Al Green continued to excite his audiences, from the studio, the stage and the pulpit. Forced to examine his life and spiritual needs in the mid ’70s, Al Green found Jesus and was soon preaching the Gospel. On The Belle Album, released in late ’77, Green brought Jesus to the studio with him. The Belle Album, with Green producing and playing guitar, was an exuberant work. Filled with the spirit, Green was standing on the rock and rocking as never before.

Less than two months after the release of The Belle Album, Green made a little-publicized appearance at the Atlanta Peaches Records and Tapes. The visit was low-key but jubilant, with Green the most excited person there. He had a new album to promote and did so like it was a plum assignment. As The Belle Album played over the store’s sound system, Green would sing along, clap joyfully and play a little air-guitar. Al Green was the proud papa, thrilled with his latest production. It was an innovative and bold work, one in which Green had taken total charge. The musical legend, displaying a generous spirit to all who had come to meet him, was throwing a party of sorts, celebrating the music he created. One can easily assume Otis Redding, a truly independent spirit, would have shared Al Green’s joy. Redding also would have worked at matching Green, perhaps raising the bar another notch higher.

A Change Is Gonna Come . . .  So who was responsible for putting the statement about Otis Redding on the sign at the Forest Park Church of Christ? Did someone driving by see letters on the sign that could be used for a Redding tribute? Or was it a Deacon with a secret collection of Stax/Volt 45s at home? Mulling over this small mystery is quite enjoyable while considering all the changes that came about – in Forest Park and around the world – since early ’68. Then Forest Park was a sleepy town. In the decades ahead, Atlanta’s airport, now known as Hartsfield-Jackson, kept expanding. More runways. More jet airplanes, all bigger and louder. Roaring above rooftops were jets taking off and jets landing. In some parts of town, having a conversation with a neighbor became impossible. Think of  Elwood Blues’s apartment by the “L.” People in Forest Park who could afford to get out did. The sleepy town became a dormant town.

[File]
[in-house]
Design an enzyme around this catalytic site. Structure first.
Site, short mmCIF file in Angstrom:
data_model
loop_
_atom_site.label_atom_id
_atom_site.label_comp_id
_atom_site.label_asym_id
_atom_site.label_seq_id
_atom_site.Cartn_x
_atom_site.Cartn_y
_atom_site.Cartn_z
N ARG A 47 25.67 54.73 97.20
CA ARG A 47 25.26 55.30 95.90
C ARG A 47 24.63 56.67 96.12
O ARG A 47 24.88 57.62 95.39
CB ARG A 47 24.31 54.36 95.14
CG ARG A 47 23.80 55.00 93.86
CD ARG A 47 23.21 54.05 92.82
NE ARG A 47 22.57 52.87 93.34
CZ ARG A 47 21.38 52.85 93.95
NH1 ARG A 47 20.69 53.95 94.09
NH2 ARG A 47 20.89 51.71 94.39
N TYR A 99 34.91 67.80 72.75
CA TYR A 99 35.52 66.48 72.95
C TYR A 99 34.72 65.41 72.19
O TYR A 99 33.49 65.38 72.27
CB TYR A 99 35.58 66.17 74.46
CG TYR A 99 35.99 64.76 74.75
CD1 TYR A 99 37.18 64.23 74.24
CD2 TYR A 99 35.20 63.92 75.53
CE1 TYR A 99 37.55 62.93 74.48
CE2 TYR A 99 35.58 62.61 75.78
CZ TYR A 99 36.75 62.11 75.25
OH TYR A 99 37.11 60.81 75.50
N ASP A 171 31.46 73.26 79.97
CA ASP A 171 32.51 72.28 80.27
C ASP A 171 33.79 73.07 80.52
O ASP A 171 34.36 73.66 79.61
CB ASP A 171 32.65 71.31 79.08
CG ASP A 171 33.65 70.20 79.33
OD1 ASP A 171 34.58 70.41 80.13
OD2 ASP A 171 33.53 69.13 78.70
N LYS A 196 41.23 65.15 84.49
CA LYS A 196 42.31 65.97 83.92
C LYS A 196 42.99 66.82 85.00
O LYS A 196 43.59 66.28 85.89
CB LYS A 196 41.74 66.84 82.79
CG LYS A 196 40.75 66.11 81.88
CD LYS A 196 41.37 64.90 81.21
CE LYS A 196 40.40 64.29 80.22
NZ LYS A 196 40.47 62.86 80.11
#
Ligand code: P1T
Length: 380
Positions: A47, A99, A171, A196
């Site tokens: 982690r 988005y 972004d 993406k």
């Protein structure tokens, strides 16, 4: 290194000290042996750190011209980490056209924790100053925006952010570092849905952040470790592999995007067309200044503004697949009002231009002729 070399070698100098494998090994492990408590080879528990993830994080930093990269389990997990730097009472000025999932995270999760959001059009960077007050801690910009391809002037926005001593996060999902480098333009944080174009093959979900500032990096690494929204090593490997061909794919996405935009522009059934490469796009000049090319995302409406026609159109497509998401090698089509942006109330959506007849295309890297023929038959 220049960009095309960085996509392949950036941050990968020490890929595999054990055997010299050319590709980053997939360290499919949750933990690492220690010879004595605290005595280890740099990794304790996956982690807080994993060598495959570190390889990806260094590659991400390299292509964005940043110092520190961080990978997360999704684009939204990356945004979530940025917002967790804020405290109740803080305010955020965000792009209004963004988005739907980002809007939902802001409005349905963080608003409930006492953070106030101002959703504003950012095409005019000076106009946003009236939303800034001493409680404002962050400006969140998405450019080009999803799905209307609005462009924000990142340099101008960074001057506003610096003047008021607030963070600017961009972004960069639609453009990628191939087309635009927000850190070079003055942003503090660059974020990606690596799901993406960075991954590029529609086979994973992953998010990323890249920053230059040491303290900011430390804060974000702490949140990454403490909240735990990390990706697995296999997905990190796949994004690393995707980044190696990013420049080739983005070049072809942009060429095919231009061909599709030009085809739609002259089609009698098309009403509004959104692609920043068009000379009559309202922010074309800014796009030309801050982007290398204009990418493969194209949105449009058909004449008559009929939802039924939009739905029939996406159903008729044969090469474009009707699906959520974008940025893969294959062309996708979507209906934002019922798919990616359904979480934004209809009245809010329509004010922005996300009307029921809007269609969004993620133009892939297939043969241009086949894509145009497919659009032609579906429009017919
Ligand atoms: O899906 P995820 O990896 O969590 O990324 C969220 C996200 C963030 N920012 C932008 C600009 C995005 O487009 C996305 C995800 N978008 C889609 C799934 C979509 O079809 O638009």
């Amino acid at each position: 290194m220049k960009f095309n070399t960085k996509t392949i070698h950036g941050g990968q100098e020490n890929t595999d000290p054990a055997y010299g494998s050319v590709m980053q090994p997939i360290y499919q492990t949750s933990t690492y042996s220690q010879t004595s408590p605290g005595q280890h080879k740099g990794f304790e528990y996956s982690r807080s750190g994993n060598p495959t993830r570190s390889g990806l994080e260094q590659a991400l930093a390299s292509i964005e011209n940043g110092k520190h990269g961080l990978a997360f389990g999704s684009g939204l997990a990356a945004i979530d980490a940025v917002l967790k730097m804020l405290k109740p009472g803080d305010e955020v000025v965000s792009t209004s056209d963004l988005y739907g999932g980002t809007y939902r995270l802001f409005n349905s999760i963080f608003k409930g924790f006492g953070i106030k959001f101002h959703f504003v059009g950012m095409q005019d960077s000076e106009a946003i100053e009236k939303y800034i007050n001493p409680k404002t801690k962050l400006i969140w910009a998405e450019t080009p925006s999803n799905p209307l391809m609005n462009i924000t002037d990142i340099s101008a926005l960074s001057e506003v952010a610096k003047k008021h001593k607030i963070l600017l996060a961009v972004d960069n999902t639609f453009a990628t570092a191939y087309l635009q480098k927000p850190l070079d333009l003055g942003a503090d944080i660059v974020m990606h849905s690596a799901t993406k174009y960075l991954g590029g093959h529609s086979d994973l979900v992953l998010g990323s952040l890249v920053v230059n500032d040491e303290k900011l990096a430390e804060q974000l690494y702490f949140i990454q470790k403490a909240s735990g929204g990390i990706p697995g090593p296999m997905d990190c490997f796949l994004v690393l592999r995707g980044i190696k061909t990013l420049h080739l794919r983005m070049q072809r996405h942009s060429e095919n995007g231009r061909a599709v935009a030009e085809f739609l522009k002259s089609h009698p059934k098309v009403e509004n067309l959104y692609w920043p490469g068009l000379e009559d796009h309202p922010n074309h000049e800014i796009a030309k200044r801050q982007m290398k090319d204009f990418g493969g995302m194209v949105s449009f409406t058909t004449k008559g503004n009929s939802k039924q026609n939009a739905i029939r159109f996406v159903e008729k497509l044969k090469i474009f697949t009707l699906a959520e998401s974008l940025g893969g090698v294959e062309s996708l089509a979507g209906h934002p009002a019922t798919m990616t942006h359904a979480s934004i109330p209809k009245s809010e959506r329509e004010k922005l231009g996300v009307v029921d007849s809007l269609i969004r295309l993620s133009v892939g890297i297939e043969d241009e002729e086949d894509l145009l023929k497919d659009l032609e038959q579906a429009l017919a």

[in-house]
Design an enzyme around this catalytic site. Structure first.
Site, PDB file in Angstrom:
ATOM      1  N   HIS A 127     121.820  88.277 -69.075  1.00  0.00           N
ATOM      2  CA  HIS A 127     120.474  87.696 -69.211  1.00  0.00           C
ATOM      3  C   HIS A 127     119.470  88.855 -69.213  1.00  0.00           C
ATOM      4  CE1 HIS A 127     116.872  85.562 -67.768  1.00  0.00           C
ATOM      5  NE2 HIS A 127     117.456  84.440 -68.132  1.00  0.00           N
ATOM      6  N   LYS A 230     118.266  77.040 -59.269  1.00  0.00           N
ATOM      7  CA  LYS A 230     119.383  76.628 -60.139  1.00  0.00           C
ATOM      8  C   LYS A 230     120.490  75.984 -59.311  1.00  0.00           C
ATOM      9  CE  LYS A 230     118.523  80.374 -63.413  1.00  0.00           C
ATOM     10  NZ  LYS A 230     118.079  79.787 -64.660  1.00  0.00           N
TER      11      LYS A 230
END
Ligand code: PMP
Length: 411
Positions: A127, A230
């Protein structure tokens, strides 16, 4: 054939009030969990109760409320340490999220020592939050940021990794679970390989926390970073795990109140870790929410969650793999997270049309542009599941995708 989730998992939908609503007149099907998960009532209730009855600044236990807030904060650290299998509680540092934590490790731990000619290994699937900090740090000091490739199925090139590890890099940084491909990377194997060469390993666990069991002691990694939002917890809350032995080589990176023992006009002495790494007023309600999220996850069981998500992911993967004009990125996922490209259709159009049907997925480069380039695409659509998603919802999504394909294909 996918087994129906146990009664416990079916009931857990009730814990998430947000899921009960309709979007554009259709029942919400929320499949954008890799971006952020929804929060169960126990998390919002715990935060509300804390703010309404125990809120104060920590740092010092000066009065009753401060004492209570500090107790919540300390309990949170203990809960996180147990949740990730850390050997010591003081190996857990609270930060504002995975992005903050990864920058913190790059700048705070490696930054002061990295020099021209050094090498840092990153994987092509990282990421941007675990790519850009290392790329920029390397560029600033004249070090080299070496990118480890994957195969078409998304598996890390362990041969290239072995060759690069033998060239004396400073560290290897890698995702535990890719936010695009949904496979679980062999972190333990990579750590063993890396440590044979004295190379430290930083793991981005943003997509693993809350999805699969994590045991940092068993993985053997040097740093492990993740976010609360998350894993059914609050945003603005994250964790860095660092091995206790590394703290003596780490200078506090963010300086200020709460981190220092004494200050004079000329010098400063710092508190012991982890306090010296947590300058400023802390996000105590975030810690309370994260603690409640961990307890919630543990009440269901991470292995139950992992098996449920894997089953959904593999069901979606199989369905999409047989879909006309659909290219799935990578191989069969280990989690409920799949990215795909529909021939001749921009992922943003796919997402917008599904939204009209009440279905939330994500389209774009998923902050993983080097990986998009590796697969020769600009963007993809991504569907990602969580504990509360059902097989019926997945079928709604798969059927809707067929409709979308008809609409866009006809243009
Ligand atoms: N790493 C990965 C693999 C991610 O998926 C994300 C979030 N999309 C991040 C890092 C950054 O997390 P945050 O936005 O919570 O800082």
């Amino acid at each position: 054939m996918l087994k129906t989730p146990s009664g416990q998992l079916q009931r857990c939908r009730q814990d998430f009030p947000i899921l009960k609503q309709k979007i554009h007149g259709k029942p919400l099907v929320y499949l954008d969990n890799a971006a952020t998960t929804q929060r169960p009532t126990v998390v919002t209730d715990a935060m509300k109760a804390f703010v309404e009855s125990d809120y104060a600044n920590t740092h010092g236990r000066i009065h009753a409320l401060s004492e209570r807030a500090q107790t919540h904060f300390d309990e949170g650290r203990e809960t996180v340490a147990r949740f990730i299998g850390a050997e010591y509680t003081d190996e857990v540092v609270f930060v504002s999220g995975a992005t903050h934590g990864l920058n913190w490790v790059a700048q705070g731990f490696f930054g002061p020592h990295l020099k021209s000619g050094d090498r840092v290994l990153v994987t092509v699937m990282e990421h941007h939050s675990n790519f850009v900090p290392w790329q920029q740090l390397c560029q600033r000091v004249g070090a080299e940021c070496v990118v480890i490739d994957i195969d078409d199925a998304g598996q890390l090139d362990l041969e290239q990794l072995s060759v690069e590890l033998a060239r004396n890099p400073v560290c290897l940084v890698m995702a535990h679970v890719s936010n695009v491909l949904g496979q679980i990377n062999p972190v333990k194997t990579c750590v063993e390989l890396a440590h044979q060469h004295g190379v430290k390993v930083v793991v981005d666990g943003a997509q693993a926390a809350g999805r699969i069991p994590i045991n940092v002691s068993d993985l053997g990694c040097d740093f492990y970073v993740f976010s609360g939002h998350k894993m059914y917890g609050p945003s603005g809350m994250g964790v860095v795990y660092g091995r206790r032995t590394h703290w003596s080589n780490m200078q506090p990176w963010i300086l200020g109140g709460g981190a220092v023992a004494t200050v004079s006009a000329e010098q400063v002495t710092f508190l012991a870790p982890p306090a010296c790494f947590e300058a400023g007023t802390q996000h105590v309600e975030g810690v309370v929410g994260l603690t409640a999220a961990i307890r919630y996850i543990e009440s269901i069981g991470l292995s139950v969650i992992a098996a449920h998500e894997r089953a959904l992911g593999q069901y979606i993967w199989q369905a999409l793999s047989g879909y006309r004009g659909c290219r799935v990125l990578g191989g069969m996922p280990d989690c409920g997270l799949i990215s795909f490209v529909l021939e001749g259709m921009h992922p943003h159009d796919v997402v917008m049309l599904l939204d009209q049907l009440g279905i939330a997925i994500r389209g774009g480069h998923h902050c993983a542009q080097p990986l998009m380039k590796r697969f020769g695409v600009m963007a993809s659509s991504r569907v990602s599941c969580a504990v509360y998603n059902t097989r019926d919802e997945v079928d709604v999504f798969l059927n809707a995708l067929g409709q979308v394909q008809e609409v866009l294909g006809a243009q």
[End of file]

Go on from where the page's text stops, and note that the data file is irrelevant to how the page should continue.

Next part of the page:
When people in Forest Park could be heard over the noise above, the conversation would often focus on a pair of local boys who had done good. Their circumstances and achievements highlight how much had changed in Forest Park, and America as a whole, since the late ’60s.

The most famous of the two, Hines Ward, born to an African-American man and a Korean woman in Seoul, South Korea, became the star quarterback for the Forest Park High School football team in the early ’90s. From there Ward continued to accomplish great things on the gridiron, first as a receiver with the University of Georgia Bulldogs and then in the pros with the Pittsburgh Steelers.  Among just eight players, all-time in the NFL, Ward has 1,000 receptions in a still-active career. He’s a shoo-in for the Pro Football Hall of Fame.

Philip Breedlove, who attended Forest Park Senior High in the early ’70s, has also gained national attention. A four-star general,  Breedlove in 2010 was appointed by President Obama as Vice Chief of Staff of the United States Air Force. That makes one realize what can be accomplished when given a chance. In high school, Breedlove was a quiet but friendly guy who studied hard and apparently had a great interest in aviation. His honor roll achievements aside, we would have dismissed the notion of Philip assisting in the organizing, training and equipping of 680,000 active duty, Guard, Reserve and civilian forces serving in the United States and overseas. The idea of a black man as Philip’s Commander-in-chief would’ve also been met with great skepticism.

But Otis Redding sang of how different the days would become. Filling Sam Cooke’s “A Change is Gonna Come” with dynamism and grace, he made it clear that despite being down so long, he’d be able to carry on, knowing things would change. Yet one thing sure hasn’t changed: We still miss Otis Redding.

 

 

###
Photo of Otis Redding album cover by themillersofliverpool via Flickr photostream, used with Creative Commons 2.0 License. Photo of Al Green by Dwight McCann / Chumash Casino Resort / www.DwightMcCann.com via Wikimedia Commons, used with Creative Commons 2.5 License.
Jeff Cochran

Jeff Cochran

Jeff Cochran worked in advertising at The Atlanta Journal-Constitution for 27 years before accepting a buy-out in the Summer of 2008. In the seventies/early eighties, he handled advertising for Peaches Records and Tapes' Southeastern and Midwestern stores. He also wrote record reviews for The Great Speckled Bird, a ground-breaking underground newspaper based in Atlanta.